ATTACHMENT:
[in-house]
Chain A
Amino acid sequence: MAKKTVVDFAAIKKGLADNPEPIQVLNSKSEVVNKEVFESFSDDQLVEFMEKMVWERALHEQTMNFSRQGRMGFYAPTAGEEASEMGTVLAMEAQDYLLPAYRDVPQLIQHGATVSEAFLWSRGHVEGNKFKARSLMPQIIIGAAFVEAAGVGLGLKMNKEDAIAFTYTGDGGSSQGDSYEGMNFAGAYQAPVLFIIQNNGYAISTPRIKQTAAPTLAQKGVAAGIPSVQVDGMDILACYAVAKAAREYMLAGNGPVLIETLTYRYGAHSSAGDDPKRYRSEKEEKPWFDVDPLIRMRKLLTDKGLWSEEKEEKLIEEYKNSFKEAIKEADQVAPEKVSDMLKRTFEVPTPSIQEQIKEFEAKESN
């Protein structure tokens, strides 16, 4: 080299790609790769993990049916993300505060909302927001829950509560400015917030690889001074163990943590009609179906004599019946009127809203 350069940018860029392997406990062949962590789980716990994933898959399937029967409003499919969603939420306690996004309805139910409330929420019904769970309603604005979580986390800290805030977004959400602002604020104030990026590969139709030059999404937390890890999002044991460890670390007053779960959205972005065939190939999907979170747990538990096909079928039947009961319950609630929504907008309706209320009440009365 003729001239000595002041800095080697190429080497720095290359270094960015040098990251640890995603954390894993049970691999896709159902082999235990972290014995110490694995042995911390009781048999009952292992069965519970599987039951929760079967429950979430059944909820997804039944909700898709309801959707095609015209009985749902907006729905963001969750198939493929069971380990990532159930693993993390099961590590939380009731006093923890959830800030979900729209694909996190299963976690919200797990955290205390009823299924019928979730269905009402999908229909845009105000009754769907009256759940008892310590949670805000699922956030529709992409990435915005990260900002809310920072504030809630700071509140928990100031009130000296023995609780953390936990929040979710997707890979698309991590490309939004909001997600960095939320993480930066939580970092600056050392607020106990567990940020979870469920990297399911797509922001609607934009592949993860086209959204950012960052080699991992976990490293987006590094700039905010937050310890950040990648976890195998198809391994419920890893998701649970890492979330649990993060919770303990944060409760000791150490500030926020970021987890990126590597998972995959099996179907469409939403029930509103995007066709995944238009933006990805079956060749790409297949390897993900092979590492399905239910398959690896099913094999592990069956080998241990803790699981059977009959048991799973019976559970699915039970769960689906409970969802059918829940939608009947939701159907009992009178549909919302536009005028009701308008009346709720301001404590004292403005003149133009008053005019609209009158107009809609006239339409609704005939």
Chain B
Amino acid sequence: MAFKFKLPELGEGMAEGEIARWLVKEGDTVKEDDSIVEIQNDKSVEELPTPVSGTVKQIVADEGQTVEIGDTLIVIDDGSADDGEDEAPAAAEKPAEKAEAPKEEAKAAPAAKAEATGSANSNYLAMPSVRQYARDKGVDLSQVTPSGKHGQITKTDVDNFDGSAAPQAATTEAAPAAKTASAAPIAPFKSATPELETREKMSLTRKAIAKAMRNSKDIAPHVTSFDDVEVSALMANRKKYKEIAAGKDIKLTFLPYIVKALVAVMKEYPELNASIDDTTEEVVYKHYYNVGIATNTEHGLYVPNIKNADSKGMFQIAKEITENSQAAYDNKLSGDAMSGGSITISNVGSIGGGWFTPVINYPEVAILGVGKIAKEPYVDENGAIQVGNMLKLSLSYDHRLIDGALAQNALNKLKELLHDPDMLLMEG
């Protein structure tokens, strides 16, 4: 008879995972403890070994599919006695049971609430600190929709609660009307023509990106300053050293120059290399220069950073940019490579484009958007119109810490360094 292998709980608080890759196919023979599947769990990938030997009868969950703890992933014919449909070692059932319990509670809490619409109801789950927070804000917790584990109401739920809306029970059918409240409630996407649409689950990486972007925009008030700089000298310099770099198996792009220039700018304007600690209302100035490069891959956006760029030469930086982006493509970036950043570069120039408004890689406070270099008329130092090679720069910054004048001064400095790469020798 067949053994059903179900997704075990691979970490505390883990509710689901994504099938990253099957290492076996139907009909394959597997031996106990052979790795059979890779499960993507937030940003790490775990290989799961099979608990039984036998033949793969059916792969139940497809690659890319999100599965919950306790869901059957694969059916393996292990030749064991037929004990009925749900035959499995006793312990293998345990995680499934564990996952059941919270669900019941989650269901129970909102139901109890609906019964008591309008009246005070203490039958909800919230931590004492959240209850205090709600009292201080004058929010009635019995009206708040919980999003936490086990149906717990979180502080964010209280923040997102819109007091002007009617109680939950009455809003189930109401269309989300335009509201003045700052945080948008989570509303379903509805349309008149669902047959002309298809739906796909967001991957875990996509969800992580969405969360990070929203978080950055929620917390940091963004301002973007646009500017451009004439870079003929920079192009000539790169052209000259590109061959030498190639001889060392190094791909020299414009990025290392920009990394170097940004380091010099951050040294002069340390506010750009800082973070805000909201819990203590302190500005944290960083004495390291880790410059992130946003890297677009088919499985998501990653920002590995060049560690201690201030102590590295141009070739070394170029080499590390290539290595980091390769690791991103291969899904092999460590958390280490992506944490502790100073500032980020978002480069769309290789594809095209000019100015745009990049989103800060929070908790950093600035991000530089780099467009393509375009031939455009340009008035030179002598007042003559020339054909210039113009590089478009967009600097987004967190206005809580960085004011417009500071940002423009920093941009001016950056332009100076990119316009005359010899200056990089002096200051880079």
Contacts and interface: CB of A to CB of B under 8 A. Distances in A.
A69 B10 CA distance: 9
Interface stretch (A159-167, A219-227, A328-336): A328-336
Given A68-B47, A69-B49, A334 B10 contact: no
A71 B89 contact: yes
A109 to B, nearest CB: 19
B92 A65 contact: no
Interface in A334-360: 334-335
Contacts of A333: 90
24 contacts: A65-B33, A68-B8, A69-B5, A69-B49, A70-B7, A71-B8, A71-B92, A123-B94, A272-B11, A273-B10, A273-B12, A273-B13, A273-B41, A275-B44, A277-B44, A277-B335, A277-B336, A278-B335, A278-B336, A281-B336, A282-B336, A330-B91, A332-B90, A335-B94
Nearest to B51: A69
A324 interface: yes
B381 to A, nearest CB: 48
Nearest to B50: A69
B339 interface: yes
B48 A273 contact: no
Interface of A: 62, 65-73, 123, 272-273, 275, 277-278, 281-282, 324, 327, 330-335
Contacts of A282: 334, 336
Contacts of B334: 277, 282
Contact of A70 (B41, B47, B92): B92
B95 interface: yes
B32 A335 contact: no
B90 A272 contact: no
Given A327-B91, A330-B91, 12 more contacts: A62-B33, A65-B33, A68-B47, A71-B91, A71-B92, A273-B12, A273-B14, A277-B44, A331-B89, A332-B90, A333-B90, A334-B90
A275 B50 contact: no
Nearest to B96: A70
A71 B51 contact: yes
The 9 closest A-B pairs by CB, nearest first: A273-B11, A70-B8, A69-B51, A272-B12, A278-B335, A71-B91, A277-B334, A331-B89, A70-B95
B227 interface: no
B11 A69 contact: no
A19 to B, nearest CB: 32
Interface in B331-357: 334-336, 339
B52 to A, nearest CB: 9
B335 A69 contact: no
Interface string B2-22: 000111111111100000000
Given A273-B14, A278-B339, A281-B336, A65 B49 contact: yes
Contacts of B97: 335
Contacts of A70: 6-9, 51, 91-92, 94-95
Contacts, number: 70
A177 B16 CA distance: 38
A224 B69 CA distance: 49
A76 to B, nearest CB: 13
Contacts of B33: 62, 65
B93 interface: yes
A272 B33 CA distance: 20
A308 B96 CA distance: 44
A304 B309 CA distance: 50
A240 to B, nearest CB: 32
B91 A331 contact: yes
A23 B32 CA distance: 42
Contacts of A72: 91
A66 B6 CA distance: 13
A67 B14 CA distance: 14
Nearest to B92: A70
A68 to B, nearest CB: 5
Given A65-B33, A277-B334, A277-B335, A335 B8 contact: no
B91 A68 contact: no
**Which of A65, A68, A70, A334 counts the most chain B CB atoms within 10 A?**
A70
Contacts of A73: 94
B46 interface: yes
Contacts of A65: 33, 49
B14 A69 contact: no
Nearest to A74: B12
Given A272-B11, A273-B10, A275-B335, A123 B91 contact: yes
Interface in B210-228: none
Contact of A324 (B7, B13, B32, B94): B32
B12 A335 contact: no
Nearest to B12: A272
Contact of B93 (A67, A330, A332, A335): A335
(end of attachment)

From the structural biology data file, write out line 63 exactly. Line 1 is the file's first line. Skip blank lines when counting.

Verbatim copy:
Given A65-B33, A277-B334, A277-B335, A335 B8 contact: no